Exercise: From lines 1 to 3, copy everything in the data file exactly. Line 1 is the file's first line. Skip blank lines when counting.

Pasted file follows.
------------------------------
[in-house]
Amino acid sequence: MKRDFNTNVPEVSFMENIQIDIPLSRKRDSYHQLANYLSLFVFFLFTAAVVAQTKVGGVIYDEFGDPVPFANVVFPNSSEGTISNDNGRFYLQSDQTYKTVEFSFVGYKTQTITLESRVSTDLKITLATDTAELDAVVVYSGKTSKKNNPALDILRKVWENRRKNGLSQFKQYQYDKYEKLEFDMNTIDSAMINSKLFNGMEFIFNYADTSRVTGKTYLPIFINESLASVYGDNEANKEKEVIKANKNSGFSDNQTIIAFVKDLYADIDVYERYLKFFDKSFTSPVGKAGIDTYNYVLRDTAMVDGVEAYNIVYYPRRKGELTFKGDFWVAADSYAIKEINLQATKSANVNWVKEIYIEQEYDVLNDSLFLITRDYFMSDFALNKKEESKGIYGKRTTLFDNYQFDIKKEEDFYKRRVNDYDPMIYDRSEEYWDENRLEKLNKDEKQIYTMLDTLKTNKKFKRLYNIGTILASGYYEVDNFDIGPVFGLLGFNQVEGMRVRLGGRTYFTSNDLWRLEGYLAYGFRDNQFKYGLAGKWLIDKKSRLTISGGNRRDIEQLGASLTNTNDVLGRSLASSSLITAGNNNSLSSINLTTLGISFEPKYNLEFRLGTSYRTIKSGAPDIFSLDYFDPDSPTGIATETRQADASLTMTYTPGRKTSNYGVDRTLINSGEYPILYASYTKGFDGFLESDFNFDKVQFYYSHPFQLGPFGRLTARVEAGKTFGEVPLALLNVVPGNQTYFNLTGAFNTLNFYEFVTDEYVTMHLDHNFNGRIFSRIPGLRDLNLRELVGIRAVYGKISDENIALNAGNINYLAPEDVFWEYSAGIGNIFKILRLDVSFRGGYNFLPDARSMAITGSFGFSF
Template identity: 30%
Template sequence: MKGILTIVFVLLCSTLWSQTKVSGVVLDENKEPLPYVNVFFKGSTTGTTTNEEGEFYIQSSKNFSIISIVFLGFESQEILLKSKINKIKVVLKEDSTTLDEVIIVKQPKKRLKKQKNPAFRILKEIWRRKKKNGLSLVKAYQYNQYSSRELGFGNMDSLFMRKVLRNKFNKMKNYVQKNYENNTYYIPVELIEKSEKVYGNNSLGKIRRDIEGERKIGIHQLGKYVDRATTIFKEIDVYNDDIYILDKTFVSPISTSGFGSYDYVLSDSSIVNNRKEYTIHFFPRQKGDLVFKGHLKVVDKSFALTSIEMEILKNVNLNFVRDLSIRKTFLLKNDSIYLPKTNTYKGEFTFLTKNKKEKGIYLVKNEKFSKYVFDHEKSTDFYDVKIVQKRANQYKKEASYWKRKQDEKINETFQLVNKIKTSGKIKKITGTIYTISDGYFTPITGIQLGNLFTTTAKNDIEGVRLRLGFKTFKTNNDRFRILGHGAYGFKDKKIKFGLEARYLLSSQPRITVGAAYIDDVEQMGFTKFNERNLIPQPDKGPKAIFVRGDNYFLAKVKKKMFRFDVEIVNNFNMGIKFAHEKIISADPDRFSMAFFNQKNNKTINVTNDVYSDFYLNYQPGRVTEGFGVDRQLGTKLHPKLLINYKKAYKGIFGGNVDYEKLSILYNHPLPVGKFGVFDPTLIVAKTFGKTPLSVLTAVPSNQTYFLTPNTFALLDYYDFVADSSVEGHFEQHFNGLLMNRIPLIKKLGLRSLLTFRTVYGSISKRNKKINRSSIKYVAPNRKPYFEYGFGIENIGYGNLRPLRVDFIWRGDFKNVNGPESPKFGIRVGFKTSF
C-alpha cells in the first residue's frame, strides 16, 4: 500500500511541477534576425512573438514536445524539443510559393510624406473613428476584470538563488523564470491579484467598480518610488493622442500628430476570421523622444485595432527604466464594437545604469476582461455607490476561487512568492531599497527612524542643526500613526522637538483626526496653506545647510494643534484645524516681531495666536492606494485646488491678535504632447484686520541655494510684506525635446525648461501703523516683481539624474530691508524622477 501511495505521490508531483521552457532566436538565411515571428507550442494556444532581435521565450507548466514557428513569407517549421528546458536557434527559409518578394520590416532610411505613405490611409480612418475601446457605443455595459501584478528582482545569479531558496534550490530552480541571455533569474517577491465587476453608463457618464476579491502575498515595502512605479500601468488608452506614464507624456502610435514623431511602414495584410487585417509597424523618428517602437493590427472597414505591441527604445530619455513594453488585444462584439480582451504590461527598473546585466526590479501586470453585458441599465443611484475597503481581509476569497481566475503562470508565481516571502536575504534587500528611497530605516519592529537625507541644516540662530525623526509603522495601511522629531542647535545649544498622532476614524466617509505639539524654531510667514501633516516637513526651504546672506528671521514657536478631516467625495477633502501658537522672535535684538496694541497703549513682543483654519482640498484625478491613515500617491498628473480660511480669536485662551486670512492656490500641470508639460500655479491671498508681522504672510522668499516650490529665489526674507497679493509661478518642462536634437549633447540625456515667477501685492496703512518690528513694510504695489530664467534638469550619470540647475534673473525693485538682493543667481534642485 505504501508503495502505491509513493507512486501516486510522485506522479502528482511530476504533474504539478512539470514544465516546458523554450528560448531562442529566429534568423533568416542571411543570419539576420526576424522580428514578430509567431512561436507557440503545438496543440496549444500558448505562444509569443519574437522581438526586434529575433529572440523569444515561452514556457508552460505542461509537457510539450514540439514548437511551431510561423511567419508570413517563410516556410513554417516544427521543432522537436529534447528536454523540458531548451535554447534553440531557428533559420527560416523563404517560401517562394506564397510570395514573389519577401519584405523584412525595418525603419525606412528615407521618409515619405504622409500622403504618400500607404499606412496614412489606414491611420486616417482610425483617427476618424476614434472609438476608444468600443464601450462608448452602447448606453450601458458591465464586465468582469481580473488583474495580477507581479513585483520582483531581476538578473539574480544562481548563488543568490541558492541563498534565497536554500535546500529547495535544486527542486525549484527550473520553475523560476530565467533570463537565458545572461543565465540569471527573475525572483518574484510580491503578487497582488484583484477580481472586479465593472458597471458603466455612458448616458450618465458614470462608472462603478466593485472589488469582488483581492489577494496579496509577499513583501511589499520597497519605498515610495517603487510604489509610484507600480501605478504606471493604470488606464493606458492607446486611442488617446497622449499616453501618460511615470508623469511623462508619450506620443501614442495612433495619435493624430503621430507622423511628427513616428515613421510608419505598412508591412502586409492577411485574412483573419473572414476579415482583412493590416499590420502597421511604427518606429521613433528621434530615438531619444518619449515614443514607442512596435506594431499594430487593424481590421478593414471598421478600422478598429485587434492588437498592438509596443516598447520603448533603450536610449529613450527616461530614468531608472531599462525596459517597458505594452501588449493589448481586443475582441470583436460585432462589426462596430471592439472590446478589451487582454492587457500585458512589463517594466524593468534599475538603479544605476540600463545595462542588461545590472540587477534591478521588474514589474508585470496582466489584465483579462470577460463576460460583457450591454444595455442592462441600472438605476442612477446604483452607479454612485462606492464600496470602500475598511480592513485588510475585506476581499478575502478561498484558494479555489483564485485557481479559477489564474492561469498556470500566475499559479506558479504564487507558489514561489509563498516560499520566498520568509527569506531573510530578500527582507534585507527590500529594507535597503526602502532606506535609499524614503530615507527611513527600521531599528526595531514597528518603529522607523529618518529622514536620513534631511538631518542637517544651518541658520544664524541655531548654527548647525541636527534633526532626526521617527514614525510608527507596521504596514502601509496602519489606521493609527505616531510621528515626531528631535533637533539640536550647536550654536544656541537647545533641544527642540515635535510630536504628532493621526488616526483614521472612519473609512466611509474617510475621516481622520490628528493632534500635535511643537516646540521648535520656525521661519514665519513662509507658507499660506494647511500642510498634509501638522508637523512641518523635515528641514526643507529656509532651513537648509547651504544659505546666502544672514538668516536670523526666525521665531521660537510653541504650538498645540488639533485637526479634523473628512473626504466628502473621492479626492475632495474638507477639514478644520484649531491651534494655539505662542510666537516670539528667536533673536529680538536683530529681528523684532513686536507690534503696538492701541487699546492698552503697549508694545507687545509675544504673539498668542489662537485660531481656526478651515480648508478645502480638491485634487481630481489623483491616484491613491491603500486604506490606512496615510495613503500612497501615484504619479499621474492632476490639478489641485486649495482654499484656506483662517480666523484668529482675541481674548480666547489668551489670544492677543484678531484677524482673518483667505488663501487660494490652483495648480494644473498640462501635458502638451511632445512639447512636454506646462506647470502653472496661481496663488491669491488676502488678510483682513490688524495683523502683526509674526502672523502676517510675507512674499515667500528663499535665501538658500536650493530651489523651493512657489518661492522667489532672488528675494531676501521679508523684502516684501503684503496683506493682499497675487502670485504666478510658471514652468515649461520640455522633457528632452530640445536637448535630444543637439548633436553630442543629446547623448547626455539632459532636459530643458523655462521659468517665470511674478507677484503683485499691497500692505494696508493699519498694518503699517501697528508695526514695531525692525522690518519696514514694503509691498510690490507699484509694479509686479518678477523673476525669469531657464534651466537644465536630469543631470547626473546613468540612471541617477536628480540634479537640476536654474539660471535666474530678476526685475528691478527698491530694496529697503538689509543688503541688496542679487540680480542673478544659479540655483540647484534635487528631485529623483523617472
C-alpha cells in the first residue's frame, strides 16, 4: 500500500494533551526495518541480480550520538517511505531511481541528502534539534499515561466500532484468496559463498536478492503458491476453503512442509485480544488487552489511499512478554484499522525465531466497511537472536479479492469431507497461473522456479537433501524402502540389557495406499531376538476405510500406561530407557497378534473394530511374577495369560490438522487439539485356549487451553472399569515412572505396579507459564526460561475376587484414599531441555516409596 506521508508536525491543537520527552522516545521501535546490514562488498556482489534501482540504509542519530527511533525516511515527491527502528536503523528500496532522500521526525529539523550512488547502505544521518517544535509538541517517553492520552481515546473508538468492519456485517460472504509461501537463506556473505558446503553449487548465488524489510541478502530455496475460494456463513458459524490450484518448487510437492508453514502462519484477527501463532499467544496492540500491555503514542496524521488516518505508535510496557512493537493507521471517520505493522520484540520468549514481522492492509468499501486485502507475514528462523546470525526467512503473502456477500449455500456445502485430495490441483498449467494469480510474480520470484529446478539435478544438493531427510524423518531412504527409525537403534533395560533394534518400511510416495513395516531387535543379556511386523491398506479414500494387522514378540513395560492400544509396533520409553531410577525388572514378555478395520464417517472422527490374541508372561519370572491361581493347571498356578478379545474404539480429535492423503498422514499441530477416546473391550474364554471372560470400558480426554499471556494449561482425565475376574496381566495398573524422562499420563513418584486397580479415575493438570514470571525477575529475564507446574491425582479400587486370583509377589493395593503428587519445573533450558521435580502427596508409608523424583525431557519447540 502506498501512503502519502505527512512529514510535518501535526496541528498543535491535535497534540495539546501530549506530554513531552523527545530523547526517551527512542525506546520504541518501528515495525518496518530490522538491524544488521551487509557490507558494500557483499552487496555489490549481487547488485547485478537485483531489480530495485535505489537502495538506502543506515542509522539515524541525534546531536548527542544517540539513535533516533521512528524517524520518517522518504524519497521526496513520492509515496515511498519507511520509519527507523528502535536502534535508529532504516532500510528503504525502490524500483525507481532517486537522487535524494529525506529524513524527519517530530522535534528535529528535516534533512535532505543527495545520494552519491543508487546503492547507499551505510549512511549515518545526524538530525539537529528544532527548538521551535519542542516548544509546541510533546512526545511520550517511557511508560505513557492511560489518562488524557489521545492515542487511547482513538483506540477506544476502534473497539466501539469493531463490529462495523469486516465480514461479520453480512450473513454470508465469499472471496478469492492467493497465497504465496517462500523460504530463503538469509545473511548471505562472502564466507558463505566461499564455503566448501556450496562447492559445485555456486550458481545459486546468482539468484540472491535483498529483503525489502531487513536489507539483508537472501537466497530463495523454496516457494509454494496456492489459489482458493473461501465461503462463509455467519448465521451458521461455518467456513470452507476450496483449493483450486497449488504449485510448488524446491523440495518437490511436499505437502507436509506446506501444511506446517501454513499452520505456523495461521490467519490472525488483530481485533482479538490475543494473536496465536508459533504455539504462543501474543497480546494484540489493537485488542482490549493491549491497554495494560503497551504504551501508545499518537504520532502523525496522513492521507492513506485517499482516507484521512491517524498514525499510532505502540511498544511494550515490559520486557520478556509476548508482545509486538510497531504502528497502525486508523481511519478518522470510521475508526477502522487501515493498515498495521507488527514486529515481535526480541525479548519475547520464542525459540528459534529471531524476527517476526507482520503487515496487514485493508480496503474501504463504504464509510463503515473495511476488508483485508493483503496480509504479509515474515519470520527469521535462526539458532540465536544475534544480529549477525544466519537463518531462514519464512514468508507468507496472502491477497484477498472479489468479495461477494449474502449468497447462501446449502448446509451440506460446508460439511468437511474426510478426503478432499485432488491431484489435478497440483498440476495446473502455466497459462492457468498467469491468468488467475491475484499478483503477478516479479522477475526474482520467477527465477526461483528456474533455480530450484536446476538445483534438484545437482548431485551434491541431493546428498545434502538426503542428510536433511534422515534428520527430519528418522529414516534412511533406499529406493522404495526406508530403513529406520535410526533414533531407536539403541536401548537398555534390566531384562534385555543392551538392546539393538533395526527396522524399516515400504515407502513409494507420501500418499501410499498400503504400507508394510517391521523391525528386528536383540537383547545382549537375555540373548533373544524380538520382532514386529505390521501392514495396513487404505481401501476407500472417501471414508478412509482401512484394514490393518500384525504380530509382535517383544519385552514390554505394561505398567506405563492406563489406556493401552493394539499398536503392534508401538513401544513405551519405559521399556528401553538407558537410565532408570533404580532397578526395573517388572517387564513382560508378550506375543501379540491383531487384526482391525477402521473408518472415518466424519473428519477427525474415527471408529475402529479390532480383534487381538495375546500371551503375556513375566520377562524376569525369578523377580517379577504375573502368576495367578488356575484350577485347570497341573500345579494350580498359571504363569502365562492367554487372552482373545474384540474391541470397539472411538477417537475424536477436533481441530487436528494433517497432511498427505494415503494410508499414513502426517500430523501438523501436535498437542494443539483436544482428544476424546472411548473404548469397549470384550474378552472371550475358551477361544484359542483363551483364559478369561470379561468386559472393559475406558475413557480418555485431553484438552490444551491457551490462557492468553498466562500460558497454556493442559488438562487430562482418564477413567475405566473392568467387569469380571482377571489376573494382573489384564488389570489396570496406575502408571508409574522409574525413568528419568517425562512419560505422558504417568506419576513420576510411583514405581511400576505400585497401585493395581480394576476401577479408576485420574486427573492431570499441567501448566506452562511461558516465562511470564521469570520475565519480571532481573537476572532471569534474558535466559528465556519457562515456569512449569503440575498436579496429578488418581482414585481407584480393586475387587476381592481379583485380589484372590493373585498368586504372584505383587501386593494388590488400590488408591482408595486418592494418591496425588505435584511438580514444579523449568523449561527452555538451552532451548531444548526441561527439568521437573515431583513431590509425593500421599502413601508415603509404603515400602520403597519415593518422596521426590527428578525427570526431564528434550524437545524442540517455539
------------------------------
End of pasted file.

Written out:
[in-house]
Amino acid sequence: MKRDFNTNVPEVSFMENIQIDIPLSRKRDSYHQLANYLSLFVFFLFTAAVVAQTKVGGVIYDEFGDPVPFANVVFPNSSEGTISNDNGRFYLQSDQTYKTVEFSFVGYKTQTITLESRVSTDLKITLATDTAELDAVVVYSGKTSKKNNPALDILRKVWENRRKNGLSQFKQYQYDKYEKLEFDMNTIDSAMINSKLFNGMEFIFNYADTSRVTGKTYLPIFINESLASVYGDNEANKEKEVIKANKNSGFSDNQTIIAFVKDLYADIDVYERYLKFFDKSFTSPVGKAGIDTYNYVLRDTAMVDGVEAYNIVYYPRRKGELTFKGDFWVAADSYAIKEINLQATKSANVNWVKEIYIEQEYDVLNDSLFLITRDYFMSDFALNKKEESKGIYGKRTTLFDNYQFDIKKEEDFYKRRVNDYDPMIYDRSEEYWDENRLEKLNKDEKQIYTMLDTLKTNKKFKRLYNIGTILASGYYEVDNFDIGPVFGLLGFNQVEGMRVRLGGRTYFTSNDLWRLEGYLAYGFRDNQFKYGLAGKWLIDKKSRLTISGGNRRDIEQLGASLTNTNDVLGRSLASSSLITAGNNNSLSSINLTTLGISFEPKYNLEFRLGTSYRTIKSGAPDIFSLDYFDPDSPTGIATETRQADASLTMTYTPGRKTSNYGVDRTLINSGEYPILYASYTKGFDGFLESDFNFDKVQFYYSHPFQLGPFGRLTARVEAGKTFGEVPLALLNVVPGNQTYFNLTGAFNTLNFYEFVTDEYVTMHLDHNFNGRIFSRIPGLRDLNLRELVGIRAVYGKISDENIALNAGNINYLAPEDVFWEYSAGIGNIFKILRLDVSFRGGYNFLPDARSMAITGSFGFSF
Template identity: 30%